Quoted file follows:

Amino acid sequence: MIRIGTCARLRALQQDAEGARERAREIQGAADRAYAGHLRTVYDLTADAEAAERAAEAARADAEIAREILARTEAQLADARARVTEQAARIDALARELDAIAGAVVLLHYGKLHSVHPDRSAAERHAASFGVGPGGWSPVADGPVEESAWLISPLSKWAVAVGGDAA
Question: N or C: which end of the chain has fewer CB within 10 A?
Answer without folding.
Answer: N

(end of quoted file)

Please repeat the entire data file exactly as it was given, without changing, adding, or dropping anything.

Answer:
Amino acid sequence: MIRIGTCARLRALQQDAEGARERAREIQGAADRAYAGHLRTVYDLTADAEAAERAAEAARADAEIAREILARTEAQLADARARVTEQAARIDALARELDAIAGAVVLLHYGKLHSVHPDRSAAERHAASFGVGPGGWSPVADGPVEESAWLISPLSKWAVAVGGDAA
Question: N or C: which end of the chain has fewer CB within 10 A?
Answer without folding.
Answer: N